GARLOCK SEALING TECHNOLOGIES, LLC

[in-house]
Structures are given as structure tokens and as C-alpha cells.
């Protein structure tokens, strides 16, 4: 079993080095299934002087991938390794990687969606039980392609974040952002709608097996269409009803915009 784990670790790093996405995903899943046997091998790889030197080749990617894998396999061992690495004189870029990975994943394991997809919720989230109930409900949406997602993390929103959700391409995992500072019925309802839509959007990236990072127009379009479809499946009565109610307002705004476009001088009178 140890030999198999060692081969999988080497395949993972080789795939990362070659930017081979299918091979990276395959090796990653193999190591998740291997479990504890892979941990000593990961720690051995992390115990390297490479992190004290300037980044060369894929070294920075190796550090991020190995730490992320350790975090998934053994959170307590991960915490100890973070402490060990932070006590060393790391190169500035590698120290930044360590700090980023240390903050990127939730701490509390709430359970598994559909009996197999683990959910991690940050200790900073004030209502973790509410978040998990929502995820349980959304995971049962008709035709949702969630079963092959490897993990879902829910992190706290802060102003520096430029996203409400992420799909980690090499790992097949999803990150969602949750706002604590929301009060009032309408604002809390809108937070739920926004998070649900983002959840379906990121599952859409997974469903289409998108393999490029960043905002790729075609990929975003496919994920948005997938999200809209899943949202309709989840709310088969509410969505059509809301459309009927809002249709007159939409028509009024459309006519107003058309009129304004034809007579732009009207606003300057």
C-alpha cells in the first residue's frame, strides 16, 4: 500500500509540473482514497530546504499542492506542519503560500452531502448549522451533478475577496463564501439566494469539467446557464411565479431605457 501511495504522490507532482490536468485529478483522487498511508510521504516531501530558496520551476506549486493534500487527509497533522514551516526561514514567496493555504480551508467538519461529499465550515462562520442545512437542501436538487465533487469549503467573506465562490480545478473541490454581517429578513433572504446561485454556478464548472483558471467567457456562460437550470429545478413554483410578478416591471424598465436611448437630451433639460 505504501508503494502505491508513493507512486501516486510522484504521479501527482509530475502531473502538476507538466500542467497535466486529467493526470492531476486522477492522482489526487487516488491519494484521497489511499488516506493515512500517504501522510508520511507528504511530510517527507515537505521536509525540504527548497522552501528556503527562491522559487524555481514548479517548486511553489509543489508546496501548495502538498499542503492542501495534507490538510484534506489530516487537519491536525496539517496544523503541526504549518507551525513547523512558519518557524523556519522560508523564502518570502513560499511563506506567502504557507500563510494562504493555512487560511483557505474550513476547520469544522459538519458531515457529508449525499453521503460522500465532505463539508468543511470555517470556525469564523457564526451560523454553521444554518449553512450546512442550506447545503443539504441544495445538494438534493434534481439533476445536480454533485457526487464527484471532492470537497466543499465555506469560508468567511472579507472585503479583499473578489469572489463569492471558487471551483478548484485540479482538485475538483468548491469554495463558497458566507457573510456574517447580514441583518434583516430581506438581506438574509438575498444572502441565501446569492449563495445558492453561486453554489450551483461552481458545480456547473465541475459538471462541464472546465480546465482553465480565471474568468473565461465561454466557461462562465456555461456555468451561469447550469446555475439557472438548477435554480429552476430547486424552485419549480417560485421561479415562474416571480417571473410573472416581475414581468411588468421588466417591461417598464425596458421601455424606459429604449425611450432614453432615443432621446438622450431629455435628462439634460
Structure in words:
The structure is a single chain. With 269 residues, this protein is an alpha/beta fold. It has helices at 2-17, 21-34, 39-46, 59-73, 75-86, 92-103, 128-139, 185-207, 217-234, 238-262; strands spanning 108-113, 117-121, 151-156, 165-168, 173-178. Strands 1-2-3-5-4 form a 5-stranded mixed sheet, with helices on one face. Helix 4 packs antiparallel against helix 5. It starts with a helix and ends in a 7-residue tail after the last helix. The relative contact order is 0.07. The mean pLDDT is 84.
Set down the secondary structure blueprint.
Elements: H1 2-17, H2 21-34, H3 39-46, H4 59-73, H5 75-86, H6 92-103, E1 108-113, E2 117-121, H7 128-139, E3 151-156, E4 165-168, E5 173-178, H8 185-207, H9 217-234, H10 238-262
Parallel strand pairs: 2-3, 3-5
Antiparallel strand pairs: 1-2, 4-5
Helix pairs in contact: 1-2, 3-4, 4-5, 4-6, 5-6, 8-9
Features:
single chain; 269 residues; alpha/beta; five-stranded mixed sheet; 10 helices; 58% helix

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RENDERED: AUGUST 8, 2008; 10:00 A.M. NOT TO BE PUBLISHED Commonwealth of Kentucky Court of Appeals NO. 2006-CA-000918-MR GARLOCK SEALING TECHNOLOGIES, LLC v. APPEAL FROM MARSHALL CIRCUIT COURT HONORABLE PAUL W. ROSENBLUM, SPECIAL JUDGE ACTION NO. 02-CI-00310 AVA NELL DEXTER, INDIVIDUALLY; JAMES M. DEXTER, EXECUTOR OF THE ESTATE OF JAMES G. DEXTER, DECEASED; AND CERTAINTEED CORPORATION AND APPELLEES NO. 2006-CA-000962-MR JAMES M. DEXTER, EXECUTOR OF THE ESTATE OF JAMES G. DEXTER, DECEASED v. APPELLANT APPELLANT APPEAL FROM MARSHALL CIRCUIT COURT HONORABLE PAUL W. ROSENBLUM, SPECIAL JUDGE ACTION NO. 02-CI-00310 CERTAINTEED CORPORATION AND GARLOCK SEALING TECHNOLOGIES, LLC APPELLEES AND NO. 2006-CA-000988-MR CERTAINTEED CORPORATION v. CROSS-APPELLANT CROSS-APPEAL FROM MARSHALL CIRCUIT COURT HONORABLE PAUL W. ROSENBLUM, SPECIAL JUDGE ACTION NO. 02-CI-00310 AVA NELL DEXTER, INDIVIDUALLY; AND JAMES M. DEXTER, EXECUTOR OF THE ESTATE OF JAMES G. DEXTER, DECEASED AND NO. 2006-CA-001025-MR GARLOCK SEALING TECHNOLOGIES, LLC v. CROSS-APPELLEES CROSS-APPELLANT CROSS-APPEAL FROM MARSHALL CIRCUIT COURT HONORABLE PAUL W. ROSENBLUM, SPECIAL JUDGE ACTION NO. 02-CI-00310 AVA NELL DEXTER, INDIVIDUALLY; JAMES M. DEXTER, EXECUTOR OF THE ESTATE OF JAMES G. DEXTER, DECEASED; AND CERTAINTEED CORPORATION OPINION REVERSING AND REMANDING -2- CROSS-APPELLEES ** ** ** ** ** BEFORE: CLAYTON AND DIXON, JUDGES; GRAVES, 1 SENIOR JUDGE. DIXON, JUDGE: Ava Nell Dexter and James M. Dexter, executor of the estate of James G. “Dayton” Dexter (Dayton), appeal from an order of the Marshall Circuit Court granting Appellees a new trial pursuant to CR2 59.01 following the first trial in the proceedings below. Garlock Sealing Technologies, LLC, and CertainTeed3 Corporation cross-appeal from a judgment for damages entered upon a jury verdict, following retrial, adjudging them liable upon Appellants' claims relating to Dayton's exposure to asbestos while working in close proximity to the asbestoscontaining products manufactured by the companies. FACTUAL AND PROCEDURAL BACKGROUND Dayton Dexter worked as a pipefitter from 1946 until his retirement in 1984. In the course of his pipefitter duties, Dayton was exposed to asbestoscontaining products and materials, including asbestos-containing pipe gaskets and sealants manufactured by Garlock, and asbestos-containing waterpipe manufactured by CertainTeed. Dayton was also a former long-term cigarette smoker. Prior to the commencement of the present litigation, Dayton was diagnosed with lung cancer. In connection with Dayton's cancer treatment and 1 Senior Judge John W. Graves, sitting as Special Judge by assignment of the Chief Justice pursuant to Section 110(5)(b) of the Kentucky Constitution and KRS 21.580. 2 Kentucky Rules of Civil Procedure. 3 “CertainTeed” is also spelled “Certainteed” in the record. We have followed the spelling used by the company in its appellate brief. -3- other medical examinations it was determined that his lungs contained significant levels of asbestos fibers. It is undisputed that Dayton's lung cancer was caused by a combination of his exposure to asbestos and his long-term cigarette smoking. Dayton died in March 2004, while this litigation was still pending, at the age of 79. Dayton's son, James M. Dexter, as executor of his estate, was substituted as a party following Dayton's death. On July 8, 2002, Dayton and Ava filed a lawsuit in Marshall Circuit Court alleging that Dayton contracted an asbestos-related disease by reason of his occupational exposure to asbestos-containing products during his pipefitter career. They named nineteen corporate defendants as bearing responsibility for Dayton's injuries, including Garlock and CertainTeed.4 The Dexters' principal theories for recovery against the asbestos-containing products manufacturers, including Garlock and CertainTeed, were strict products liability and common law negligence. By third-party complaint, eleven additional corporate defendants were brought into the litigation for purposes of the apportionment of liability.5 4 The nineteen named defendants were as follows: Triangle Insulation and Sheetmetal Co.; 4520 Corporation, Inc; Henry A. Petter Supply Company; Robertson-Ceco Corporation; Motion Industries, Inc.; North Brothers, Inc.; ACandS, Inc.; Westinghouse Electric Corporation; General Electric Company; CertainTeed Corporation; Garlock, Inc.; Mine Equipment and Mill Supply Company; Hannan Supply Company; Combustion Engineering, Inc.; Rapid-American Corporation; John Crane, Inc.; Metropolitan Life Insurance Company; Southern Manufacturing, Inc.; and Union Carbide Corporation. 5 The eleven third-party defendants were as follows: Mead Westvaco Corporation; CC Metals and Alloys, LLC; Air Products and Chemicals, Inc.; Tennessee Valley Authority; ISP Chemical Products, Inc.; Arkmea, Inc.; Federal-Mogul Corporation; Federal-Mogul Products, Inc.; OwensCorning Corporation; Crawford Russell Corporation; and Johns Mansville Corporation. -4- Some of the companies were granted summary judgment, and various settlements were made prior to the first trial (Dexter I), none of which is at issue in this appeal. Ultimately only Garlock and CertainTeed did not settle and remained to try the case to verdict. The trial in Dexter I commenced on May 11, 2005. The case was submitted to the jury in Dexter I on May 25, 2005. The jury found in favor of the Dexters on the products liability claim and in favor of Garlock and CertainTeed on the negligence claim. The jury returned a verdict awarding Dayton's estate $66,376 for past medical expenses; $5,000,000 for physical and mental pain and suffering; and $6,750 for funeral expenses, for a total verdict of $5,073,126. The jury apportioned fault as follows: Dayton Dexter, 35%; CertainTeed, 30%; and Garlock, 35%, and allocated no fault to the other remaining companies appearing on the verdict form. On June 10, 2005, the trial court entered judgment in accordance with the jury verdict. Garlock and CertainTeed subsequently moved for a new trial pursuant to CR 59.01, arguing that the jury's failure to allocate any fault to any of the other empty-chair defendants whose products and materials were identified as potential sources for Dayton's asbestos exposure, or upon whose premises the exposure occurred, was so contrary to the evidence as to entitle them to a new trial. Ultimately, the trial court awarded Appellees a new trial upon all issues. The second trial (Dexter II) took place in January and February 2006. The trial court permitted Garlock and CertainTeed to present new and additional -5- evidence against the empty-chair defendants, as well as additional evidence of Dayton's smoking habit. At the conclusion of the trial the jury returned a verdict finding Appellees liable under both the Dexters' products liability and negligence theories. Damages were returned as follows: $63,005 for past medical expenses; $1,500,000 for pain and suffering; $6,744 in funeral expenses; and $15,000 for lost of consortium. In addition, the jury assessed $100,000 in punitive damages against CertainTeed, and $600,000 in punitive damages against Garlock. Thus, the total verdict for damages in Dexter II was $2,314,749. Fault was apportioned as follows: Dayton Dexter, 60%; CertainTeed, 2%; Garlock, 17%; remaining companies, 21%. On February 22, 2006, the trial court entered judgment in accordance with the jury verdict. The judgment also ordered that post-judgment interest be allowed at the statutory rate of 12% per annum. Following entry of the judgment in Dexter II, Garlock and CertainTeed each moved for judgment notwithstanding the verdict, which motions were denied. These appeals followed raising multiple issues. Because we find the Dexters appeal dispositive, all remaining issues are rendered moot. Paramount to our decision is the Dexters’ argument that the trial court erred in granting Garlock and CertainTeed's motions for a new trial following Dexter I. On appeal, the Dexters make several interrelated claims concerning the trial court's decision under CR 59.01 to grant Appellees a new trial. In short, they contend 1) that the jury had insufficient evidence to allocate fault to other -6- defendants listed in the jury instructions; 2) that Appellees failed to indisputably prove one or more other company's product/conduct was a substantial factor in causing Dayton's lung cancer; and 3) that Appellees failed to identify which of the 26 other companies' products were a substantial factor in causing Dayton's injury. As each of these issues is interrelated, we address all issues collectively. In its September 8, 2005, order awarding Garlock and CertainTeed a new trial, the trial court explained its reasoning for granting a new trial as follows: Defendants, Garlock Sealing Technologies, LLC and CertainTeed Corporation have moved the Court for a new trial under CR 59.01. The basis for the motion filed by these defendants is the jury's failure to apportion fault to any but two (2) of the twenty-eight (28) defendants included on the verdict for which said defendants contend is so contrary to the evidence adduced at trial. The Court has considered the record herein as well as arguments of counsel. The Court being thus sufficiently advised, it finds that the motion of Garlock Sealing Technologies, LLC and CertainTeed Corporation are entitled to a new trial on the issue of apportionment because the jury's verdict finding no fault to be apportioned to any defendant except Garlock Sealing Technologies, LLC and CertainTeed Corporation is manifestly unsupported by the evidence and manifestly a product of jury passion and prejudice. Under CR 59.01(f), this Court may grant a new trial if “the verdict is not sustained by sufficient evidence, or is contrary to law.” The jury's finding that Garlock Sealing Technologies, LLC and CertainTeed Corporation were alone responsible for the plaintiffs' decedent, James G. Dexter's exposure to the asbestos fibers that led to his developing an asbestos-related disease and contributed to causing his lung cancer is not supported by the evidence. -7- CR 59.01(f) permits a new trial to be granted when a jury's, “verdict is not sustained by sufficient evidence, or is contrary to law.” As an appellate court, we review the circuit court's ruling on a motion for a new trial motion for an abuse of discretion and will reverse only if there is clear error. Miller v. Swift, 42 S.W.3d 599, 601 (Ky. 2001); Rippetoe v. Feese, 217 S.W.3d 887, 890 (Ky.App. 2007) (citing Thomas v. Greenview Hospital Inc., 127 S.W.3d 664 (Ky.App. 2004) overruled on other grounds by Lanham v. Commonwealth, 171 S.W.3d 14 (Ky. 2005)). The trial court's decision is presumed correct and will not be reversed absent clear error. Shortridge v. Rice, 929 S.W.2d 194, 196 (Ky. App. 1996). This rule recognizes that a decision on a motion for a new trial depends, to some extent, upon factors and impressions not included in the appellate record. Id. A trial court has broad discretion in ruling upon a motion for a new trial and we will not disturb such ruling absent an abuse of that discretion. Lewis v. Grange Mut. Cas. Co., 11 S.W.3d 591 (Ky.App. 2000). “An abuse of discretion occurs when a ‘trial judge's decision [is] arbitrary, unreasonable, unfair, or unsupported by sound legal principles.’” Farmland Mut. Ins. Co., 36 S.W.3d at 368, 378 (Ky. 2000) (quoting Goodyear Tire and Rubber Co. v. Thompson, 11 S.W.3d 575, 581 (Ky. 2000)). “The discretion of the trial judge, who participates in the conduct of the trial, in refusing or granting a new trial will be interfered with only in exceptional cases.” Wilkins v. Hopkins, 278 Ky. 280, 128 S.W.2d 772, 774 (Ky.App. 1939).6 6 The parties make various arguments concerning the proper standard of appellate review upon the granting of a motion for a new trial. We need not address those arguments, however, as the standard is well established and remains as set forth above. -8- While we do not lightly disturb a trial court's discretion under CR 59.01, upon a thorough review of the extensive record in this case, it is our view that the trial judge's decision in Dexter I to set aside the jury's verdict constituted an abuse of discretion and was clearly in error. At the outset, we note the inherent difficulty in reviewing decisions under CR 59.01. Unfortunately, this rule does not require the trial court to reveal its reasoning when nullifying a jury's finding of fact. Our review is particularly difficult when, as occurred here, the trial lasted for approximately two and onehalf weeks, consisted of numerous witnesses, many hours of testimony and exhibits, and required vast resources from all parties, all of which resulted in a voluminous record. Yet, we are left to speculate as to the trial court's determination of precisely how the evidence was insufficient to support the jury's verdict, and exactly how the verdict was contrary to law. While a trial court does possess broad discretion under CR 59.01, such discretion is not limitless. For example, where conflicting testimony would support a verdict for either party, [i]t is the function of the jury to determine questions of credibility and issues of fact where the evidence is conflicting. While the trial court has a broad judicial discretion in granting or refusing a new trial, it may not set aside a verdict of a jury because it does not agree with the verdict if there was sufficient evidence to support it. -9- Conley v. Dunn, 552 S.W.2d 671, 672 (Ky. App. 1977), quoting Woods v. Asher, 324 S.W.2d 809, 811 (Ky. 1959). Additionally, “a trial court's discretion is abused by granting a new trial when no sufficient or sound reason exists therefor, or where the court travels outside the record to find grounds for granting the new trial.” Daniel v. H.B. Rice and Co., 275 S.W.2d 924, 925 (Ky. 1955). Further, as recognized by the Court in Aetna Life Ins. Co. v. Shemwell, 273 Ky. 264, 116 S.W.2d 328, 330 (Ky. 1938), it is the well-known rule that the courts are not authorized to reverse the verdict of a jury upon the grounds that it is contrary to the preponderance of the evidence, unless the verdict is so flagrantly against the evidence as to raise the presumption that it was rendered under passion or prejudice. While a mere scintilla of evidence is not sufficient to sustain the verdict of a jury, yet, if there is any evidence of a substantial and probative nature to sustain the verdict, the courts are unauthorized to disturb it. And finally, as noted by a panel of this court in Embry v. Turner, 185 S.W.3d 209, 218 (2006), “[t]he overturning of a jury verdict in favor of a new trial is a matter of the utmost seriousness, and should only occur when the specific criteria set forth in CR 59.01 are carefully considered and met.” This case presents intriguing factual issues to resolve. Did the jury in Dexter I improperly fail to allocate fault to defendants other than those present at trial? And, if so, was its failure to do so “manifestly unsupported by the evidence and manifestly a product of jury passion or prejudice” necessitating a new trial? -10- In order to address these questions we must first examine what proof is necessary in order to allocate fault. For fault to be assigned to a tortfeasor in Kentucky, there must first exist sufficient evidence that a defendant has legally caused a plaintiff's injury. We have adopted the legal causation standard set forth in the Restatement (Second) of Torts, § 431 (1965): § 431 What Constitutes Legal Cause The actor's negligent conduct is a legal cause of harm to another if (a) his conduct is a substantial factor in bringing about the harm, and (b) there is no rule of law relieving the actor from liability because of the manner in which his negligence has resulted in the harm. See Bailey v. North American Refractories Co., 95 S.W.3d 868, 871 (Ky. App. 2001); Deutsch v. Shein, 597 S.W.2d 141, 144 (Ky. 1980); Claycomb v. Howard, 493 S.W.2d 714, 718(1973). Once fault has been established, KRS7 411.182 controls allocation of fault in all tort actions, including product liability. According to subsection 2, “[i]n determining the percentages of fault, the trier of fact shall consider both the nature of the conduct of each party at fault and the extent of the causal relation between the conduct and the damages claimed.” Thus, there must be sufficient evidence presented against each defendant that they were not only at fault in 7 Kentucky Revised Statutes. -11- causing Dayton's illness, but the extent to which their conduct caused his illness in order to allocate fault. Specifically here, pursuant to the court's instructions, in order to find a manufacturer liable, the jury was required to find that 1) Dayton was exposed to a product manufactured or distributed by each defendant; 2) the product was in a defective condition rendering it unreasonably dangerous; 3) the defective condition existed at the time its product was sold; 4) the existence of the defective condition caused such a risk of harm to persons exposed to its products that an ordinarily prudent manufacturer being fully aware of this risk would not have put it on the market without a warning of reasonably foreseeable dangers; and 5) the defective condition was a substantial factor in causing Dayton's injury. Similar substantial evidence was necessary in order to hold any of the installers, suppliers and distributors, or premises owners liable as well. Clearly, significant proof of causation was necessary to support a finding against any defendant in this litigation. The Dexters proceeded to trial only against CertainTeed and Garlock, having settled with all other defendants who had not been dismissed for various reasons. Little evidence was presented against any other defendant by either side during the trial in Dexter I. While CertainTeed and Garlock contend that there was “substantial, uncontested evidence that [Dayton] had significant exposure to asbestos fiber from products and at premises of several defendants listed on the -12- verdict sheet,” they have failed to provide us with sufficient evidence from which a jury verdict against any of these other defendants could have been supported. It is not enough that general asbestos exposure has been established. “[A]pportionment of fault to defendants where the evidence is insufficient to support liability is error.” Barnes v. Owens-Corning Fiberglas Corp., 201 F.3d 815, 825-826 (6th Cir. 2000). “The jury must apportion fault considering evidence of conduct and causation. If the evidence is such that no reasonable juror could determine a given party is at fault, logic dictates that the jury should not be instructed to apportion fault to that party.” Id. Significantly, the testimony Appellees reference consists entirely of a recitation of possible sources of exposure but not how this exposure was causally related to Dayton's illness. For example, Billy Robertson, a retired pipefitter who worked for many years out of the same union hall as Dayton, testified that Triangle Insulation and Sheet Metal Co. provided asbestos-containing thermal insulation at worksites operated by third-party defendants Air Products and Chemicals, Inc.; Mead Westvaco Corporation; ISP Chemical Products, Inc.; and Tennessee Valley Authority. Robertson further testified to the effect that Dayton worked in proximity to thermal insulation manufactured by Johns-Manville Corporation; Rapid American Corporation; Owens-Corning Corporation; John Crane, Inc., and Federal-Mogul Corporation at various worksites. Robertson also testified that Dayton had worked in proximity to asbestos-containing products -13- manufactured by Combustion Engineering Inc.; Henry A. Petter Supply Co.; and Hannan Supply Co., and that Dayton had worked at worksites operated by CC Metals and Alloys, LLC, f/k/a SKW; and Arkema, Inc., f/k/a Goodrich. Similarly, Herman Mitchell, who worked as a pipefitter out of the same union hall as Dayton, testified that he recalled Dayton working around asbestos-containing insulation manufactured by Triangle Insulation and Sheet Metal Company and Westinghouse at the TVA Shawnee Steam Plant; and Ron Eades testified that Dayton worked in proximity to thermal insulation produced by North Brothers, Inc. at the TVA Shawnee Power Plant and to pipe covering manufactured by Owens-Corning and Johns Manville at various other facilities. Lastly, Appellees refer us to Dayton's verified complaint and interrogatories, and to James Dexter's testimony. They state that Dayton claimed that nineteen companies were responsible for exposing him to asbestos in his Complaint, and that he testified by deposition that he had worked with or around asbestos products at the GE plant in Mount Vernon, the AEC plant in Paducah, Air Products, B.F. Goodrich, GAF and SKW in Calvert City, the TVA Shawnee Steam plant, the TVA Paradise Steam plant and Westvaco in Wickliffe. James Dexter testified at trial that he had worked with his father at several plants and recalled one instance when they were exposed to asbestos from work performed by insulators at the GE plant in Mount Vernon. He also testified that Triangle Insulation installed insulation at the B.F. Goodrich plant and he -14- recalled Owens Corning Kaylo insulation at a number of job sites. While this evidence demonstrates that Dayton had possible exposure from a number of sources, Appellees utterly fail to provide us with any substantial proof that would establish that any other specific defendant's conduct actually caused Dayton's injury. Based upon the foregoing proof, there is little wonder why the jury failed to allocate fault beyond CertainTeed and Garlock. This evidence is a mere recitation of defendants without any proof of legal causation on their part. In fact, many of the entities referred to above were either third-party defendants or nonparties. Absent in the foregoing testimony is evidence of the length of exposure to asbestos. Nor can we find evidence that any product manufactured by any of these companies was in a “defective condition unreasonably dangerous.” Also lacking is reference to testimony that any of these defendants might have expected that Dayton would use or be exposed to their products or such products on their premises. Nor do Appellees provide us evidence from which the jury could have determined whether these products carried warnings, and if so, whether the warnings were sufficient. Lastly, lacking is proof that any of these defendants’ products or conduct was a substantial factor in causing Dayton's illness and death. From the foregoing evidence, it is just as likely that the jury could have believed that the non-parties were at fault for some of Dayton's illness as opposed to any named defendant. Because these entities were not listed on the verdict form, there -15- is no way to know. Obviously, the failure of the jury to allocate fault to these nonparties would not merit a new trial under CR 59.01. Certainly, no more evidence of legal causation existed against any named defendant (other than Appellees) than these non-parties. Consequently, had the jury found any of the other defendants liable, that finding could not have been supported by the evidence in this record. Even Garlock acknowledged this fact in arguing to the trial court that Appellees should be allowed to introduce additional evidence against the other defendants at a second trial. In their motion, Garlock states: [i]n the interest of justice, [the trial court] should allow Garlock and CertainTeed reasonable latitude to prepare their defenses for the new trial. This is especially so if only to avoid the consequences of re-trying the case on weak or insufficient evidence that does not enable the jury to understand the facts and render a fair and reasonable verdict. Unless the parties are allowed to disclose supplement lay witnesses, the new trial will be only a “re-trial” with a different jury. Without additional witnesses to testify about the facts of the Plaintiffs' exposure, it is entirely possible that the same result may occur. (emphasis ours). By granting Garlock's motion, the trial court tacitly agreed. In fact, the court allowed Appellees wide latitude in permitting them to supply additional proof even as to Dayton's smoking. It is unclear how this new evidence had bearing upon allocation of damages between defendants. CertainTeed and Garlock apparently rely on evidence in the record establishing the number and types of asbestos fibers found in Dayton's lungs from an autopsy performed after his death. They direct us to the testimony of their -16- expert, Dr. Michael Graham, who asserted that the predominant type of fiber found in Dayton's lungs was amosite, a type not contained in products manufactured by either CertainTeed or Garlock. Consequently, they contend, Dayton was exposed to “enormous” amounts of amosite asbestos fibers and relatively few of the crocidolite fibers which would have been found in their products. Thus, they conclude, the jury must have ignored this evidence by finding only CertainTeed and Garlock at fault. This argument is disingenuous at best. At first glance Appellee's argument appears to have merit. Yet, in order to fully understand the nature of asbestos fibers, one must first consider what types of asbestos fibers exist. Appellees direct us to testimony at trial which indicates that amosite asbestos fibers are found in thermal insulation, while CertainTeed products contain crocidolite asbestos fibers. What they fail to acknowledge is that another type of asbestos fiber, chrysotile, is the predominant fiber found in CertainTeed asbestos pipe and Garlock gaskets. Appellee’s assertion that Dayton was obviously exposed to far more thermal fibers ignores that other proof presented by the Dexter's expert, Dr. Sam Hammar, M.D., a board certified anatomic and clinical pathologist, countered that it was not uncommon to find little evidence of chrysotile in lungs of workers exposed to substantial amounts of this fiber. Dr. Hammar elucidated that chrysotile has a half life of only 90-120 days while amosite and crocidolite fibers have half lives of 10-20 years. -17- Next, Appellees argue that under a Sixth Circuit decision, Strickland v. Owens Corning, 142 F.3d 353 (1998), the trial court would have committed reversible error had it not granted a new trial. In Strickland, the Sixth Circuit held, in a case tried under Kentucky law, that the district court erred when it denied a motion for a new trial in an asbestos case where the jury had apportioned 70% of the fault for the plaintiff's illness to the distributor of an asbestos product and only 30% of the fault to the product manufacturer. After the verdict, Owens Corning filed a motion under the Federal Rules of Civil Procedure seeking a new trial. The district court rejected this motion and held that the verdict was “supported by sufficient evidence.” On appeal, the Sixth Circuit determined that the jury's verdict was against the weight of the evidence where there was no evidentiary basis for attributing a greater percentage of fault to the distributor of an asbestos product than to all other companies selling asbestos-containing products, including the manufacturer of the product actually sold by Owens Corning. Id. at 359. Such is not the case here. Despite Appellees’ claims to the contrary, as has previously been demonstrated, little evidence against any other defendant exists. Furthermore, here, CertainTeed and Garlock are the manufacturers of the asbestos-containing products, not merely a supplier, as was the case in Strickland. Abundant evidence in the record exists in which the jury could have reasonably relied upon to find Appellees liable. Several witnesses testified that they had worked with Dayton -18- who had seen him exposed to substantial amounts of asbestos dust coming from CertainTeed and Garlock products over a number of years. The testimony established that Dayton had routinely removed Garlock asbestos-containing gaskets from the 1950's to 1986. Evidence presented also showed that Appellees were aware, or should have been aware, of the cancer risk their asbestos products posed to individuals installing them. Proof presented by the Dexters showed however, that despite this knowledge, Appellees failed to warn those who would be exposed to these dangerous fibers. Additionally, Arthur Frank, M.D., a Professor of Public Health at Drexel University School of Public Health, testified that Dayton's asbestos exposure to dust from cutting asbestos cement pipe and from manipulating asbestos gasket materials was a substantial contributing factor to the development of his lung cancer. Dr. Hammar testified that had Dayton made only 75 cuts of CertainTeed asbestos pipe using a power saw, the amount of asbestos fibers he would have breathed during this time alone would have been a major contributing factor to his illness. Dr. Hammar further testified that if Dayton removed Garlock asbestos gaskets over a 30-year period, then this exposure also contributed to his contraction of lung cancer. This is but a small portion of the evidence presented by the Dexters against Appellees over the course of this two-week trial. Moreover, while it may have seemed “unfair” to the trial court that CertainTeed and Garlock bore most of the burden of Dayton's illness (apart from -19- the 35% allocated to Dayton himself), our system of tort law has set the foundation for this apportionment. The Restatement (Second) of Torts, § 433A, at p. 434 (1965), allows for apportionment of damages only where there are distinct harms or where there is a reasonable basis for determining the contribution of each cause to a single harm. Conversely, where there is no proof of a distinct harm or where no reasonable basis exists to make such a determination, allocation of damages is not permitted. As previously addressed, here there was a complete lack of proof as to the type, length or depth of asbestos exposure by any other defendant. For the reasons stated herein, the judgment of the Marshall Circuit Court is reversed and this matter is remanded with instructions for the court to enter judgment upon the jury's verdict entered on June 10, 2005. CLAYTON, JUDGE, CONCURS. GRAVES, SENIOR JUDGE, DISSENTS AND FILES SEPARATE OPINION. GRAVES, SENIOR JUDGE, DISSENTING: I dissent solely because I believe CR 59.01, even though flawed, has not been followed to the letter. Until this rule is amended by the Supreme Court, we are stuck with the judgment of the trial court. This is precisely the kind of case that needed the common sense judgment of the community. The centrality of the jury lent weight, credibility, reality, and democracy to the trial. Paradoxically, CR 59.01, as it is now written and interpreted, empowers a trial judge to find that such a verdict could not be -20- reached by a reasonable jury. However, CR 59.01 does not require revealing reasons for such ruling. For appellate review to be reliable in complex technical cases, findings of fact are necessary to explain the conclusion that the verdict was plainly wrong. To justify nullification of the jury’s finding of fact the trial judge should make known the points missed by the jury. -21- BRIEF FOR APPELLANTS/CROSSAPPELLEES: BRIEF FOR APPELLEE/CROSSAPPELLANT GARLOCK SEALING TECHNOLOGIES, LLC: Kenneth L. Sales Joseph D. Satterley John R. Shelton Louisville, Kentucky John K. Gordinier Stanley W. Whetzel, Jr. Louisville, Kentucky ORAL ARGUMENT FOR APPELLANTS/CROSSAPPELLEES: BRIEF FOR APPELLEE/CROSSAPPELLANT CERTAINTEED CORPORATION: John R. Shelton Louisville, Kentucky Kerry B. Harvey Benton, Kentucky David C. Marshall Eric A. Ludwig Atlanta, Georgia ORAL ARGUMENT FOR APPELLEE/CROSS-APPELLANT GARLOCK SEALING TECHNOLOGIES, LLC: John K. Gordinier Louisville, Kentucky ORAL ARGUMENT FOR APPELLEE/CROSS-APPELLANT CERTAINTEED CORPORATION: Elizabeth Geise Washington, D.C. -22-